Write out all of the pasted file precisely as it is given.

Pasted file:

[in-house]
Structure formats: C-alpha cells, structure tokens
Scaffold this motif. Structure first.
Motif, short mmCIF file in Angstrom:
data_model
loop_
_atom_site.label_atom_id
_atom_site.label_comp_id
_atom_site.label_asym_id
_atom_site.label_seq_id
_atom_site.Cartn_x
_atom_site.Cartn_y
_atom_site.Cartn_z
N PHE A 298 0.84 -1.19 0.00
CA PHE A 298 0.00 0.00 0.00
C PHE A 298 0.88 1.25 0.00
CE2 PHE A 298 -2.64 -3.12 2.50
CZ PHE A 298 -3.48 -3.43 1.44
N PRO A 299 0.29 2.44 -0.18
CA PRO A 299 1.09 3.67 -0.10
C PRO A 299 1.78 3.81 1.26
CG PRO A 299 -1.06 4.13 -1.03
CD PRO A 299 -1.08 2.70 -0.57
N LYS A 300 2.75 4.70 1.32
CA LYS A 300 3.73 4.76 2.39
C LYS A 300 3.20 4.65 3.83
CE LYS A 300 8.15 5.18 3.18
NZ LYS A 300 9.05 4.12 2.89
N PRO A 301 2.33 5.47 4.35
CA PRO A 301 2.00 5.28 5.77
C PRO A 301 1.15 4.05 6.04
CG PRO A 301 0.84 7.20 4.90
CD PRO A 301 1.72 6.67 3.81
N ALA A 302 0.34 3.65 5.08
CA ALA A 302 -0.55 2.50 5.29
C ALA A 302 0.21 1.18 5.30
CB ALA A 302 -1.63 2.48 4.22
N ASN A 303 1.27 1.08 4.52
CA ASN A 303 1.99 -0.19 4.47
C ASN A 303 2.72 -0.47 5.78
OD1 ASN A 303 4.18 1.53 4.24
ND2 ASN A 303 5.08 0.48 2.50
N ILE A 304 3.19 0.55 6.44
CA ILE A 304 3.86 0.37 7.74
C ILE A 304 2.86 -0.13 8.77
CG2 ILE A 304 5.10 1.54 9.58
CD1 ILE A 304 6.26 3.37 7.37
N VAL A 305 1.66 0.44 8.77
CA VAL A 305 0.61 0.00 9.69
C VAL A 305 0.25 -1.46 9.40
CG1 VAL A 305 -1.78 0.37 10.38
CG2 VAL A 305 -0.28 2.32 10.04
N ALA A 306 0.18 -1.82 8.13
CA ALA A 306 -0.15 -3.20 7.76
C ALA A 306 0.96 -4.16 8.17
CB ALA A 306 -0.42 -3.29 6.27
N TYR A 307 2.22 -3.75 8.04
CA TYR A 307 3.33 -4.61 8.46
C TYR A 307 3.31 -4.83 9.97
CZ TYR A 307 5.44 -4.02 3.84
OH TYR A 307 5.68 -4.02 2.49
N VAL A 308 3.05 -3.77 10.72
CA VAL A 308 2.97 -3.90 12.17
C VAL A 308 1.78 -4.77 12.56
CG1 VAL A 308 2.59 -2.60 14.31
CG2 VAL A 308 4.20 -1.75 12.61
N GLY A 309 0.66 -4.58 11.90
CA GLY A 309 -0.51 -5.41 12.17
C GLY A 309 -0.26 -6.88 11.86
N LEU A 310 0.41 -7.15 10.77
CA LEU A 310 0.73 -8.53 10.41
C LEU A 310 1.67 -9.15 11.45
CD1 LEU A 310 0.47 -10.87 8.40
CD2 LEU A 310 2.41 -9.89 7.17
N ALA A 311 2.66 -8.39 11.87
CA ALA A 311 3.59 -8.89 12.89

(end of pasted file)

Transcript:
[in-house]
Structure formats: C-alpha cells, structure tokens
Scaffold this motif. Structure first.
Motif, short mmCIF file in Angstrom:
data_model
loop_
_atom_site.label_atom_id
_atom_site.label_comp_id
_atom_site.label_asym_id
_atom_site.label_seq_id
_atom_site.Cartn_x
_atom_site.Cartn_y
_atom_site.Cartn_z
N PHE A 298 0.84 -1.19 0.00
CA PHE A 298 0.00 0.00 0.00
C PHE A 298 0.88 1.25 0.00
CE2 PHE A 298 -2.64 -3.12 2.50
CZ PHE A 298 -3.48 -3.43 1.44
N PRO A 299 0.29 2.44 -0.18
CA PRO A 299 1.09 3.67 -0.10
C PRO A 299 1.78 3.81 1.26
CG PRO A 299 -1.06 4.13 -1.03
CD PRO A 299 -1.08 2.70 -0.57
N LYS A 300 2.75 4.70 1.32
CA LYS A 300 3.73 4.76 2.39
C LYS A 300 3.20 4.65 3.83
CE LYS A 300 8.15 5.18 3.18
NZ LYS A 300 9.05 4.12 2.89
N PRO A 301 2.33 5.47 4.35
CA PRO A 301 2.00 5.28 5.77
C PRO A 301 1.15 4.05 6.04
CG PRO A 301 0.84 7.20 4.90
CD PRO A 301 1.72 6.67 3.81
N ALA A 302 0.34 3.65 5.08
CA ALA A 302 -0.55 2.50 5.29
C ALA A 302 0.21 1.18 5.30
CB ALA A 302 -1.63 2.48 4.22
N ASN A 303 1.27 1.08 4.52
CA ASN A 303 1.99 -0.19 4.47
C ASN A 303 2.72 -0.47 5.78
OD1 ASN A 303 4.18 1.53 4.24
ND2 ASN A 303 5.08 0.48 2.50
N ILE A 304 3.19 0.55 6.44
CA ILE A 304 3.86 0.37 7.74
C ILE A 304 2.86 -0.13 8.77
CG2 ILE A 304 5.10 1.54 9.58
CD1 ILE A 304 6.26 3.37 7.37
N VAL A 305 1.66 0.44 8.77
CA VAL A 305 0.61 0.00 9.69
C VAL A 305 0.25 -1.46 9.40
CG1 VAL A 305 -1.78 0.37 10.38
CG2 VAL A 305 -0.28 2.32 10.04
N ALA A 306 0.18 -1.82 8.13
CA ALA A 306 -0.15 -3.20 7.76
C ALA A 306 0.96 -4.16 8.17
CB ALA A 306 -0.42 -3.29 6.27
N TYR A 307 2.22 -3.75 8.04
CA TYR A 307 3.33 -4.61 8.46
C TYR A 307 3.31 -4.83 9.97
CZ TYR A 307 5.44 -4.02 3.84
OH TYR A 307 5.68 -4.02 2.49
N VAL A 308 3.05 -3.77 10.72
CA VAL A 308 2.97 -3.90 12.17
C VAL A 308 1.78 -4.77 12.56
CG1 VAL A 308 2.59 -2.60 14.31
CG2 VAL A 308 4.20 -1.75 12.61
N GLY A 309 0.66 -4.58 11.90
CA GLY A 309 -0.51 -5.41 12.17
C GLY A 309 -0.26 -6.88 11.86
N LEU A 310 0.41 -7.15 10.77
CA LEU A 310 0.73 -8.53 10.41
C LEU A 310 1.67 -9.15 11.45
CD1 LEU A 310 0.47 -10.87 8.40
CD2 LEU A 310 2.41 -9.89 7.17
N ALA A 311 2.66 -8.39 11.87
CA ALA A 311 3.59 -8.89 12.89